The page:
The friendliness charism

As I contemplate moving my home and office to a rural area of upstate New York, I worry about being isolated and friendless.

What’s my first move? Scouting out a local church. I imagine meeting people at worship and non-Sunday events, adding my hands to mission efforts, chatting over coffee – the time-honored ways people use church to make friends.

As I explore church web sites, I have no interest in a congregation’s history or the excellence of its facilities or its stance on various church-political issues. I am asking two questions: do they do mission work, and do doors to church life seem to be open to strangers?

If they do mission – I mean do it, hands-on, not just give money away – then I can have some confidence that their hearts are in the right place and they will welcome a stranger.

It’s hard to discern openness on a web site. I look for pictures of children, people at work, new ideas getting airtime, ministers interacting with all kinds of people. Mainly, I will need to visit in person.

I share this with you for two reasons:

First, I think we should all be aware of how many people come to the faith community seeking friendship. They want what Jesus said a faith community would pro- vide: ”I call you friends.” Right-opinion, doctrine, church politics, tradition – bah! People want friendships. In an isolating and disjointed world, church is one of the few places where new friends can be made, especially as one gets older.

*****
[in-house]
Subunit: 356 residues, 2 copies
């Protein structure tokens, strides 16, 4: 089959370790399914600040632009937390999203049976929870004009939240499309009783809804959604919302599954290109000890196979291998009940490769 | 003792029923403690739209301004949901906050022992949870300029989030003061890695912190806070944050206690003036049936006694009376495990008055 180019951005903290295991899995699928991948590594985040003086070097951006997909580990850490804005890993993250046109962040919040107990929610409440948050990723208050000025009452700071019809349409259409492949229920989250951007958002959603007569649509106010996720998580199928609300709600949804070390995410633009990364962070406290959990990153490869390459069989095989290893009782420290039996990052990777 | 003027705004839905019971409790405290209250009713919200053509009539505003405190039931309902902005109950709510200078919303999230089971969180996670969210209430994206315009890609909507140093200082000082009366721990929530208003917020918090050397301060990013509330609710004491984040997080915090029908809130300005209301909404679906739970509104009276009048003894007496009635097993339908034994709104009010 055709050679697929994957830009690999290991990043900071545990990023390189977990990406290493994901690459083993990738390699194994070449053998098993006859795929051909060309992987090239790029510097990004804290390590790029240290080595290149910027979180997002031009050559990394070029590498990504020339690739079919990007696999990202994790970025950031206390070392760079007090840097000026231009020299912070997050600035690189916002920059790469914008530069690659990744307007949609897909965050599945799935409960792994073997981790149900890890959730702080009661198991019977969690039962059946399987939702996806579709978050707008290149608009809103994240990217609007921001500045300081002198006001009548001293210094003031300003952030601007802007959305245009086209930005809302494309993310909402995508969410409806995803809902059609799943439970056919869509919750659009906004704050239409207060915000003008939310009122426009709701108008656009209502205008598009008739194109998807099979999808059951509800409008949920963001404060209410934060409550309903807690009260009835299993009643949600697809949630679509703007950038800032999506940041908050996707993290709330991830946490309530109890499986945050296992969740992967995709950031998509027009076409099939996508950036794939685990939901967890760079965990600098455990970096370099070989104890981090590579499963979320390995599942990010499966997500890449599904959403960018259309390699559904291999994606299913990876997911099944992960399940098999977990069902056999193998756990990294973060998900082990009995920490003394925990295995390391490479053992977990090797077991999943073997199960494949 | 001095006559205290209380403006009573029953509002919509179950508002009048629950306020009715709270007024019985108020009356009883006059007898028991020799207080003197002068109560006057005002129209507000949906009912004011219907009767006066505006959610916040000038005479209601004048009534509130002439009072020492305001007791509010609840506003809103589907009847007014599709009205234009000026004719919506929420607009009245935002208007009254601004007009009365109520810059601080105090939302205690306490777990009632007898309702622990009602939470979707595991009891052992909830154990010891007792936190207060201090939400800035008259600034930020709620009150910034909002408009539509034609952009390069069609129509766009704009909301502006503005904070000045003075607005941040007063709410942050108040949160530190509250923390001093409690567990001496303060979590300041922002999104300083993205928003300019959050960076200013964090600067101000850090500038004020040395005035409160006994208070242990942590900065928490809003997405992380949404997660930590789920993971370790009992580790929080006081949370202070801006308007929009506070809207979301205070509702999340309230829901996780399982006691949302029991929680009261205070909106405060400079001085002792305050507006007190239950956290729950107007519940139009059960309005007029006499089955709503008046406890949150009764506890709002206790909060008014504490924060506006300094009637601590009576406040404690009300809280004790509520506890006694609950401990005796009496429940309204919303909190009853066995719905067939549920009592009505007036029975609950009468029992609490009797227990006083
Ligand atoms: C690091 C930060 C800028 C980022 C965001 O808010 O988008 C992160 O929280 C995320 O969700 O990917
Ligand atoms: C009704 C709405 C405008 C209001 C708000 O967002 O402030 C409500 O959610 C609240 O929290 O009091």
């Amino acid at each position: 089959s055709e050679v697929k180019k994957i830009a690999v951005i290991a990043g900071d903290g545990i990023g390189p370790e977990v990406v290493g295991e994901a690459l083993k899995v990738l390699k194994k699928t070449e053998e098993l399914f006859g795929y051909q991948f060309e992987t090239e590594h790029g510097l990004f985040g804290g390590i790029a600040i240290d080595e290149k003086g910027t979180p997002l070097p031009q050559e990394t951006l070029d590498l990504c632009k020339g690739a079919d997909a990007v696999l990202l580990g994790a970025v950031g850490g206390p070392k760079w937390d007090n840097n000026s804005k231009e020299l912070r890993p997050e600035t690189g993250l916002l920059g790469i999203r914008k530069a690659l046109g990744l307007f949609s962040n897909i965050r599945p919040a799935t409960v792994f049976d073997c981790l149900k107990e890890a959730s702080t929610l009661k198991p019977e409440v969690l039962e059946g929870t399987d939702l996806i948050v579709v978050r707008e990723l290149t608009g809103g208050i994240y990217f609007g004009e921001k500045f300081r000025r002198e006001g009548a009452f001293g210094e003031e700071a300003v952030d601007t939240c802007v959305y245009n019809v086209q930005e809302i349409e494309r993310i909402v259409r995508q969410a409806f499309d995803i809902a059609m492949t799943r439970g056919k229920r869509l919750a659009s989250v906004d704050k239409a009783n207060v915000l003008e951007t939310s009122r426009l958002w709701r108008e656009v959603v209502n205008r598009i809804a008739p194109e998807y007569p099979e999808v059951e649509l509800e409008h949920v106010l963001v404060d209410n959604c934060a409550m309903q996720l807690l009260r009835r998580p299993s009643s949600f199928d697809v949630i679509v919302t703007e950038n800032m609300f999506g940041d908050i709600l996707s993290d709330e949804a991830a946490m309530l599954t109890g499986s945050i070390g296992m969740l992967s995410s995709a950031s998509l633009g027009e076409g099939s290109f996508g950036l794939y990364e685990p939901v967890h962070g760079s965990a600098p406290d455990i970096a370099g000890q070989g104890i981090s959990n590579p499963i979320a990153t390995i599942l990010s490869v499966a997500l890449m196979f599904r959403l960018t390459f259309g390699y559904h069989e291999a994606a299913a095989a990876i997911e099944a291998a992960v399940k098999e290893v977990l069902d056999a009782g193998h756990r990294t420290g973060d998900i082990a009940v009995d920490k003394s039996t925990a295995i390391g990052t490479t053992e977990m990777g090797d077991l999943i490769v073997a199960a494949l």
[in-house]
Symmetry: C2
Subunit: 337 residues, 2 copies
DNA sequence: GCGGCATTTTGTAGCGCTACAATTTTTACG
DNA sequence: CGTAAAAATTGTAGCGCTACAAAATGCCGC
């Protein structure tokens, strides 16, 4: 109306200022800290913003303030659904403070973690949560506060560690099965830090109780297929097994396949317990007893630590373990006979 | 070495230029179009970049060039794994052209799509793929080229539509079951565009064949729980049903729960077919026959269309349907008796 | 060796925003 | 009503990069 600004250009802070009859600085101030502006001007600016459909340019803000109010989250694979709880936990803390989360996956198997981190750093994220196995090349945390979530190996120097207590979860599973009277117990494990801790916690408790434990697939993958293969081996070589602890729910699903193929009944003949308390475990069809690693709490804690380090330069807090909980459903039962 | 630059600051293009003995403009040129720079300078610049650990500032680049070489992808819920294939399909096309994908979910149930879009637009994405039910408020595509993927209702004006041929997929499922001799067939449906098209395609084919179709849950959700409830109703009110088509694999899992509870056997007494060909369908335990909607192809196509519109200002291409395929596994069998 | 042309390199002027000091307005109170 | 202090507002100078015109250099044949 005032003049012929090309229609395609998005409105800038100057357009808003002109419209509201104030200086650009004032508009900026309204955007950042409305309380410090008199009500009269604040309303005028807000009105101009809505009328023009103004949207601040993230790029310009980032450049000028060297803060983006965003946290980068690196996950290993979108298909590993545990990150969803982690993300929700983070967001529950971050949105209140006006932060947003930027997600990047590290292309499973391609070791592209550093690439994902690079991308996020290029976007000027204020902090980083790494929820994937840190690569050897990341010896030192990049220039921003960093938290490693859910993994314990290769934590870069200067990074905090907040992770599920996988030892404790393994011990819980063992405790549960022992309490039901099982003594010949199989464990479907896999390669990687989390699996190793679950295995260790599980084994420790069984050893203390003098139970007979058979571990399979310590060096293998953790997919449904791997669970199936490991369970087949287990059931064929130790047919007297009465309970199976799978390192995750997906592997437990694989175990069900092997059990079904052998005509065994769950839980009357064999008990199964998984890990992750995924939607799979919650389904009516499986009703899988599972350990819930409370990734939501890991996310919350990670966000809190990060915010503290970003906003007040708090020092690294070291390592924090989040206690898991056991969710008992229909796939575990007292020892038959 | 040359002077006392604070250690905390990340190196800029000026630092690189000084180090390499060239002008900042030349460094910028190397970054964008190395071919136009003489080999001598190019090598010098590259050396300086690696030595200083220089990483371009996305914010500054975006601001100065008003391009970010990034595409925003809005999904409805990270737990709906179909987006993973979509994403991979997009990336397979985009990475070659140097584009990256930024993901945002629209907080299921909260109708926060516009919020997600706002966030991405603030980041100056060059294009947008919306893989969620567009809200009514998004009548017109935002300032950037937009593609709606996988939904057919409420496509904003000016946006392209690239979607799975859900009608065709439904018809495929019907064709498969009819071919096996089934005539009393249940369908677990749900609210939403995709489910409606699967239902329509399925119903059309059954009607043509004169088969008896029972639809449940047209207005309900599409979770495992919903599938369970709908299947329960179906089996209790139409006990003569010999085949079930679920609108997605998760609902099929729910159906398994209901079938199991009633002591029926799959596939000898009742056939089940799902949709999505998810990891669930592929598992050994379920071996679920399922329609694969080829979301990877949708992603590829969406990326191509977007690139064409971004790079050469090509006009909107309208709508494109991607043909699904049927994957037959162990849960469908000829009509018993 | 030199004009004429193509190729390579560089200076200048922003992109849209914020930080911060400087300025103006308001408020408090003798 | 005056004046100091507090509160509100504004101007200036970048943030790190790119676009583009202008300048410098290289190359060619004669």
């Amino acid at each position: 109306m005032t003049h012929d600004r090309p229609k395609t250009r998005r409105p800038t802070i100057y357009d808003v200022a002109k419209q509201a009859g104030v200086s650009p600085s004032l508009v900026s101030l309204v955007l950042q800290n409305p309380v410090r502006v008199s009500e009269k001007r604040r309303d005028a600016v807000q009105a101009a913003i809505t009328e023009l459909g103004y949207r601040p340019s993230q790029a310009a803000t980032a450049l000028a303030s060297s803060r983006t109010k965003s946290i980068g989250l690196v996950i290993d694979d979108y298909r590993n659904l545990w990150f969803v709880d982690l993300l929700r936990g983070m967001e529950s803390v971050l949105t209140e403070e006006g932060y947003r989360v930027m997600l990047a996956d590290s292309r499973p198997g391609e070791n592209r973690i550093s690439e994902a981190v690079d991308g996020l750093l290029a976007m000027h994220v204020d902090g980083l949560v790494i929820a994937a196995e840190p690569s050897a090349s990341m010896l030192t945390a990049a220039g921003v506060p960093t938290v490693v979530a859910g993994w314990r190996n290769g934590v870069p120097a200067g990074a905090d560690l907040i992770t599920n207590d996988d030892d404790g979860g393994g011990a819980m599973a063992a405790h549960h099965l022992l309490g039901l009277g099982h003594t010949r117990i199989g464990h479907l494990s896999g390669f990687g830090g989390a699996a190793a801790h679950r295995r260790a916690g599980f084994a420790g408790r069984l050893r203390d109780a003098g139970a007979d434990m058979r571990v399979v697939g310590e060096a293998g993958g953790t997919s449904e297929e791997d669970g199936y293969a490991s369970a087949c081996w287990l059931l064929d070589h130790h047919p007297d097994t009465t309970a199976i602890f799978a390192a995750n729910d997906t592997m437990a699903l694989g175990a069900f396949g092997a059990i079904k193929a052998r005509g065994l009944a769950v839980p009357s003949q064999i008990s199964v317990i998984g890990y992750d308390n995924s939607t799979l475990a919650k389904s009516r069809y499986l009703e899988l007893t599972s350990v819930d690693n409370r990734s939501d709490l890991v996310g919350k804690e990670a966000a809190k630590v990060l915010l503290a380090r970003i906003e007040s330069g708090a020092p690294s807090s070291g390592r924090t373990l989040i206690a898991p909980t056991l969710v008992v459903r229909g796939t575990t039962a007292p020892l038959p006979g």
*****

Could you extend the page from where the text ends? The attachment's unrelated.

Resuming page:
Second, whether visitors come on Sunday or, as is increasingly the case, on weekday events or mission projects, they will cut the congregation some slack on most things. But if they encounter a chilly reception, it’s game over. I don’t mean assigned friendship-providers. I mean a natural, organic, deep-seated charism of basic friendliness.

We need to remember that, whatever our age when we cross an unfamiliar church threshold, we feel like middle-schoolers all over again. We wonder if anyone will like us. It’s that basic. One reason younger and newer churches grow so readily is that many people remember that awkward first-time-visitor feeling. They see the problem and act to resolve it.

When the community gathers, I think ministers should be ”working the room” with a special eye to new friend- ship-seekers. Longtime members and people who want to conduct church business during coffee hour need to stand down. Let the ministers be free to connect with strangers.

I know from experience that friendships take time to build. I won’t expect magic on my first visits. I will need to assert myself and be outgoing.

If I encounter friendship, I will stay and pour myself into church life. If I don’t encounter friendship, I’m gone.

Tom Ehrich newTOM EHRICH is a church consultant, author (”Church Wellness” and other books), columnist for Religion News Service, president of Morning Walk Media (, New York City, and publisher of Fresh Day magazine (, a new online magazine about faith and life. You
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